Bob Neill: Our prison crisis cannot be swept under the carpet
The recurring themes of failure across our prison system must no longer be tolerated, writes Bob Neill
During the course of the last Parliament there was arguably only one issue to escape the growing shadow of Brexit with the urgency and scale to compete, quite rightly, for Westminster’s attention: prisons.
Indeed, Parliament seemed awash with statements, urgent questions and debates concerned with the (very much ongoing) crisis across our prison estate. With this focus noticeably tapering off since the General Election, we run the risk of giving the impression that the situation has improved in recent months. The Justice Committee has been very clear – all evidence points firmly to the contrary.
In fact, as the Chief Inspector of Prisons noted in his annual report in July, the status quo has only deteriorated further. Of the 29 local prisons and training prisons inspected during the year, 21 were judged to be ‘poor’ or ‘not sufficiently good’ in the area of safety. Taken with the soaring levels of self-harm and suicides, the considerable increase in violence (with 6,844 assaults in 2016 on staff alone), and the continued failure to provide offenders with a meaningful education or support the treatment of acute mental health needs, this problem should certainly remain high on the government’s agenda.
That is precisely why the Justice Committee has tabled a debate this Thursday on prison reform and safety. We have conducted a considerable amount of work on this issue since 2015, and our report last year helped secure an immediate increase in funding for those prisons most in need.
The government’s subsequent Prison Safety and Reform White Paper set out a framework for addressing the immediate challenges, announcing a series of ambitious proposals to modernise the prison estate. It also crucially brought forward a number of very welcome legislative measures, including clarifying in law the primary purpose of custodial sentences – rehabilitation – and placing the role of the prisons ombudsman on a statutory basis.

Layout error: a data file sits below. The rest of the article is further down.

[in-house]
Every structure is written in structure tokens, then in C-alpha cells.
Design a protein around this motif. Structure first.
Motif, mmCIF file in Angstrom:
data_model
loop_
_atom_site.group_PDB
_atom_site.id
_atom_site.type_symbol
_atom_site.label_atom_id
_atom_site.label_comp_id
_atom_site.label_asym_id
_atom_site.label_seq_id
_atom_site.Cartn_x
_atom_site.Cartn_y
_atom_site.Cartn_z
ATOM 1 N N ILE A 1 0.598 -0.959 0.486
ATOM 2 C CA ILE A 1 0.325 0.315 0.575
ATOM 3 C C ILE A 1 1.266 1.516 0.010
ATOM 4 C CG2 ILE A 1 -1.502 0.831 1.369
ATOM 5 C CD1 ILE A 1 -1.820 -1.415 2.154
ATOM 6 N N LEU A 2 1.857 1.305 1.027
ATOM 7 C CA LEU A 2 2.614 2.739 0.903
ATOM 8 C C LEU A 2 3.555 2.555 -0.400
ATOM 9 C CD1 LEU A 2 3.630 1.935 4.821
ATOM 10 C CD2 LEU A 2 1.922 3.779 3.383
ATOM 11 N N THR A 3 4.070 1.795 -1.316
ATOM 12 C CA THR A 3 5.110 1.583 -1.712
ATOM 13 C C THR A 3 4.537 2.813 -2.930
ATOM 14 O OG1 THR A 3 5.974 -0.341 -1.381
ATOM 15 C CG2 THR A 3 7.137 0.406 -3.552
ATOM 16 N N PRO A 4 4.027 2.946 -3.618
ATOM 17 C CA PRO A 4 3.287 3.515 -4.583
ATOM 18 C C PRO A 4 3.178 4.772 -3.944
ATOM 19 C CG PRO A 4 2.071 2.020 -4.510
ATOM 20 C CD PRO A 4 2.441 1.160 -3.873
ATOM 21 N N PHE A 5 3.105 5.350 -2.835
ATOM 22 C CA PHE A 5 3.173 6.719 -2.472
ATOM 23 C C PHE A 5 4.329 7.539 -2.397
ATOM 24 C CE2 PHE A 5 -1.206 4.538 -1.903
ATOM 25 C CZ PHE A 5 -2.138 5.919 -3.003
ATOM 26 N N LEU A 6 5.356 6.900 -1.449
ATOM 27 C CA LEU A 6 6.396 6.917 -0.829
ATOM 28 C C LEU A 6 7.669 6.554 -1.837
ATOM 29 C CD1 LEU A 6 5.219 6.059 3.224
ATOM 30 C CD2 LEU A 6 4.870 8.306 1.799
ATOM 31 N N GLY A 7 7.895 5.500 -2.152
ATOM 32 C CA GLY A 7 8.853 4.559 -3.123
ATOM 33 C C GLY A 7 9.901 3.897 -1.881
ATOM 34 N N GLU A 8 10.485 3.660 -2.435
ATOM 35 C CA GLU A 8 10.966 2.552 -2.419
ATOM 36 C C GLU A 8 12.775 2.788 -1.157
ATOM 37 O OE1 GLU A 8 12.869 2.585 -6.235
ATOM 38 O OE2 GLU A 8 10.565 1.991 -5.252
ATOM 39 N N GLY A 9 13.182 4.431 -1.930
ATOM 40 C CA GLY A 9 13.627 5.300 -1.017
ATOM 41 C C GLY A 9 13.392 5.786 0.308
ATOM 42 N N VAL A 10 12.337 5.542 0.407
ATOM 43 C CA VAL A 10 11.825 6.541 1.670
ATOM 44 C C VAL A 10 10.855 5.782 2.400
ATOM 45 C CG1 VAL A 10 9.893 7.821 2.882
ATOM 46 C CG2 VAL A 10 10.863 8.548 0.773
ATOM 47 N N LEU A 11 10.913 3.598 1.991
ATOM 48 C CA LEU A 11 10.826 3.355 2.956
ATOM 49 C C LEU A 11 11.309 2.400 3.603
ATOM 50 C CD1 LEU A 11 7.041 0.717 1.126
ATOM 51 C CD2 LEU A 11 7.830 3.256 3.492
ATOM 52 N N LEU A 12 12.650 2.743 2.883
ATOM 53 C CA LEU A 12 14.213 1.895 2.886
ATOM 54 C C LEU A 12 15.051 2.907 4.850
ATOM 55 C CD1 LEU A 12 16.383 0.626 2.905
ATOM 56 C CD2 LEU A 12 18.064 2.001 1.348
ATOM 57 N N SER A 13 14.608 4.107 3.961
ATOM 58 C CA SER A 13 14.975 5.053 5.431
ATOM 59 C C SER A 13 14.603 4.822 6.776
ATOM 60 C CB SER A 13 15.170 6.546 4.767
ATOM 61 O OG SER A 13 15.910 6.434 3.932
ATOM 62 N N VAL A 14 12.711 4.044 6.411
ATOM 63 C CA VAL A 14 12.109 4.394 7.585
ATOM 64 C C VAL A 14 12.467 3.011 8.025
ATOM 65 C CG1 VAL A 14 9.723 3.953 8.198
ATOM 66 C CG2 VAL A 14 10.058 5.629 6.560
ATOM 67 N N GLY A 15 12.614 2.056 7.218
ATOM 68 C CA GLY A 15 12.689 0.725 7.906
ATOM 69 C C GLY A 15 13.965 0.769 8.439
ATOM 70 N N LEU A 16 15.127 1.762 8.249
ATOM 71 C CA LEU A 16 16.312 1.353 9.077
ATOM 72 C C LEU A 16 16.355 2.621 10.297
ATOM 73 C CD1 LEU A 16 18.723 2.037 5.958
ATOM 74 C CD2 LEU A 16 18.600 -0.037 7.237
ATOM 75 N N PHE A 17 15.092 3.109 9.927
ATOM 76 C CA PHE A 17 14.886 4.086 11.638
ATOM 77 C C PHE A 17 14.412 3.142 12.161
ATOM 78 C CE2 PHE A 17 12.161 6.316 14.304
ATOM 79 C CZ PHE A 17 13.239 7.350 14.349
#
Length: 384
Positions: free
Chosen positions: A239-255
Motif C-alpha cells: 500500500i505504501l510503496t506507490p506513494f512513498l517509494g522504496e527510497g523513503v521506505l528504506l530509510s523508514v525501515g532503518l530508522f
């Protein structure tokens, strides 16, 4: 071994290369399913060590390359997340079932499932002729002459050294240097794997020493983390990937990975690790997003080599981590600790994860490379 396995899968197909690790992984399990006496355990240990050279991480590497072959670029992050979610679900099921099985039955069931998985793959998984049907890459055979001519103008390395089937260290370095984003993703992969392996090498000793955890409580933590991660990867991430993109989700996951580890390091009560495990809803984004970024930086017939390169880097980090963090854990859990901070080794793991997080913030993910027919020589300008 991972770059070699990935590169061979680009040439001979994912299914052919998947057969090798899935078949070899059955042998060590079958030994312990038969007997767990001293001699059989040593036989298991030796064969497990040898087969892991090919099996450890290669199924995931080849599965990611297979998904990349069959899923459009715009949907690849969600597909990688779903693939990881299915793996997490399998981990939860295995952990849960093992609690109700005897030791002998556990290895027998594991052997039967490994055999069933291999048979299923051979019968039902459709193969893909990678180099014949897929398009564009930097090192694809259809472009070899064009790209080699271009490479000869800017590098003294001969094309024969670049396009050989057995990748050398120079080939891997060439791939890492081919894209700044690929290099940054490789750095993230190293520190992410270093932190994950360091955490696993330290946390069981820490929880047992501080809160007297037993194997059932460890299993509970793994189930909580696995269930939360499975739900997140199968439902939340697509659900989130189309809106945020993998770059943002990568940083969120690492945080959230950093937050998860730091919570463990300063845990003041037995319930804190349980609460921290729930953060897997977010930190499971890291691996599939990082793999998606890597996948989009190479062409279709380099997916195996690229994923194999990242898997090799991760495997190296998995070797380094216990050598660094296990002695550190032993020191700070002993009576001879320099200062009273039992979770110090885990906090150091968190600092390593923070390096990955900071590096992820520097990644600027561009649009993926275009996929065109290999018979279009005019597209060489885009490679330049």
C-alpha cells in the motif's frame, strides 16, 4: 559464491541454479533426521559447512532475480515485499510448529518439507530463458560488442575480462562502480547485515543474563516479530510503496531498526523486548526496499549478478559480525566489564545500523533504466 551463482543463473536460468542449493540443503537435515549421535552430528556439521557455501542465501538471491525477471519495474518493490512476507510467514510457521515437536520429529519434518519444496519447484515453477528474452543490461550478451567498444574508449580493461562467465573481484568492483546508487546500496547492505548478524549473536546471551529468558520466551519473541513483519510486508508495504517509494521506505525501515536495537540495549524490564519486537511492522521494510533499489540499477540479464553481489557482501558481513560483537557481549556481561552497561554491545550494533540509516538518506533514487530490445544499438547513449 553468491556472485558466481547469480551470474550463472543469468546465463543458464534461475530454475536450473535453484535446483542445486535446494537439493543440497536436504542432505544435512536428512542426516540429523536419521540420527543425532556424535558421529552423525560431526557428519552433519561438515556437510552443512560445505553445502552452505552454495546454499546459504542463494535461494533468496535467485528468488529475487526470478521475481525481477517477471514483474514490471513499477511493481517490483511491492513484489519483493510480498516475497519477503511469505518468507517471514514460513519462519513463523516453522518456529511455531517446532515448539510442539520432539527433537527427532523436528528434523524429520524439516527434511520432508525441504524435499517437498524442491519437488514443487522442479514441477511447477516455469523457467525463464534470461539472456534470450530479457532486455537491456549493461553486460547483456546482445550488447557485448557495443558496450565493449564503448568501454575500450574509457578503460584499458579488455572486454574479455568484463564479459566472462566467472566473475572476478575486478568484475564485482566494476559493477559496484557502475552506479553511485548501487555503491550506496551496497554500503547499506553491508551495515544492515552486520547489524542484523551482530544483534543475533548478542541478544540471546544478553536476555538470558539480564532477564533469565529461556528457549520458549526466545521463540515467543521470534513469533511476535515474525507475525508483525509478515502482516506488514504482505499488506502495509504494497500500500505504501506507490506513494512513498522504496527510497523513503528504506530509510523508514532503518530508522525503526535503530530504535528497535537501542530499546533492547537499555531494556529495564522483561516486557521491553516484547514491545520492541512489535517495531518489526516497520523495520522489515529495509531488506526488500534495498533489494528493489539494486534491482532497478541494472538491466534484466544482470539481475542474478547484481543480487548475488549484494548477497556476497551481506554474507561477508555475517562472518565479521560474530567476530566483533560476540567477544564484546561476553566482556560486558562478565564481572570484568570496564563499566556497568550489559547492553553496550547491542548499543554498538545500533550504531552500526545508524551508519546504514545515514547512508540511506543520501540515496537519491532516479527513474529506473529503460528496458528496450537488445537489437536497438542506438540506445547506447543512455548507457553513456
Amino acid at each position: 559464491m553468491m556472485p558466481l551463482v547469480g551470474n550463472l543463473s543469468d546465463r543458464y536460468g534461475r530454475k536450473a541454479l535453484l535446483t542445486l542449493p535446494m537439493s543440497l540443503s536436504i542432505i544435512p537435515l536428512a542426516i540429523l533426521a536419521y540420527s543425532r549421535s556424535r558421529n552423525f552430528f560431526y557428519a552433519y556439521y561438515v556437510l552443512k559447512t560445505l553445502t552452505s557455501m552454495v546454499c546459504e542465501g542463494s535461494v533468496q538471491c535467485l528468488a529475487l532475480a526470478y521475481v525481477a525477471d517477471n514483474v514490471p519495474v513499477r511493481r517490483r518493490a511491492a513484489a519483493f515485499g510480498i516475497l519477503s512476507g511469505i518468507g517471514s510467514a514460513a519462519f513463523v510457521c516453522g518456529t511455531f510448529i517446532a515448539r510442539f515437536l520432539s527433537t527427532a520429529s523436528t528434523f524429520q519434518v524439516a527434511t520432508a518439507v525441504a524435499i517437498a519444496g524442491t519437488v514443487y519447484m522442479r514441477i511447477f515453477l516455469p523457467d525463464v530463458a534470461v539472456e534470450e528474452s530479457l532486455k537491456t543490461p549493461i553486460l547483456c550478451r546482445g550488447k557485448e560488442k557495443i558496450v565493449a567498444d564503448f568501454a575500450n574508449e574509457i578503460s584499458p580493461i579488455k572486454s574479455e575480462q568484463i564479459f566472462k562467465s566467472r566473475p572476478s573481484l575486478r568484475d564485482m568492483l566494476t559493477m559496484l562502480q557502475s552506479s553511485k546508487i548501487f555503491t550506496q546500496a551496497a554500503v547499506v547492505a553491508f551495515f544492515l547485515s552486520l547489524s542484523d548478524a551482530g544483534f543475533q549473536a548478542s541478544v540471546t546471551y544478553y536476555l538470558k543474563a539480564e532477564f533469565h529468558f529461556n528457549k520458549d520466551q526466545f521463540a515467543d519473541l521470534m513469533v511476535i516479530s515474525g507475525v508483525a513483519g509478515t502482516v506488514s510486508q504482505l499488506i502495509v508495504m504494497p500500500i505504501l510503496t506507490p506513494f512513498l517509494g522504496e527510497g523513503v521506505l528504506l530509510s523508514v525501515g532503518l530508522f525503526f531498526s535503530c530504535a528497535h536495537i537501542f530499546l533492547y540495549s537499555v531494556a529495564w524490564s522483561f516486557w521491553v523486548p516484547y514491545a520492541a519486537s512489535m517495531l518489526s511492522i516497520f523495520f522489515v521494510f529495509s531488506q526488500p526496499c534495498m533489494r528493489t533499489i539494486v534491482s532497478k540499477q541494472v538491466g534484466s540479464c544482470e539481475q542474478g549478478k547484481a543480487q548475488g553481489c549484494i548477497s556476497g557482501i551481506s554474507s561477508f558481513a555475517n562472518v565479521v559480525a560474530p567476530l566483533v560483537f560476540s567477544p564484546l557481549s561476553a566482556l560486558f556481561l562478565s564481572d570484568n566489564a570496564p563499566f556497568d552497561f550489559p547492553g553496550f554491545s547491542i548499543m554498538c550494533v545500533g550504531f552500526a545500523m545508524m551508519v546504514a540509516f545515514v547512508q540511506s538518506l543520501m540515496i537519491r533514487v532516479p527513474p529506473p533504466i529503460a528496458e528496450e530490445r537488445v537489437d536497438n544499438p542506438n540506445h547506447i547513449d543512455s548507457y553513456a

It was disappointing to see these plans dropped from the previous Prisons and Courts Bill following the Queen’s Speech, and while I do not doubt the intentions of my colleagues in the Ministry of Justice, I must be frank in saying that the government has kept alarmingly quiet on this matter ever since. We have sought to probe its priorities, including through an evidence session with the Secretary of State at the end of October, and in the absence of any meaningful progress, or even significant discussion, on this issue, will press again for answers during this debate of the whole House.
Our timing is no coincidence. We are shortly expecting an action plan on prison safety and reform, and specific strategies on employment and women are also in the pipeline. A timetable is now needed for these.
We must also look again at the powers available to the Chief Inspector of Prisons and the Prison and Probation Ombudsman (PPO). As the latter aptly put it when giving evidence to the Committee last year, ‘it can be depressing how little traction we appear to have on occasions.’
It is simply not good enough that one-third of the prisons inspected over the past year have not implemented the recommendations handed down by these bodies, and recurring themes of failure should no longer be tolerated.
Efforts to tackle this problem, and properly monitor the work of the Ministry more broadly, are frustrated by a lack of data. As a case in point, despite its claims to be ‘data-driven’, the government has been unable to provide the Committee with a five-year breakdown of budgets for education, training and family services.
This crisis in our prisons is not going away, and it cannot, and should not, be swept under the carpet.
I hope Members will join me and my Committee colleagues in holding the government to account and pushing for action on this most important of subjects.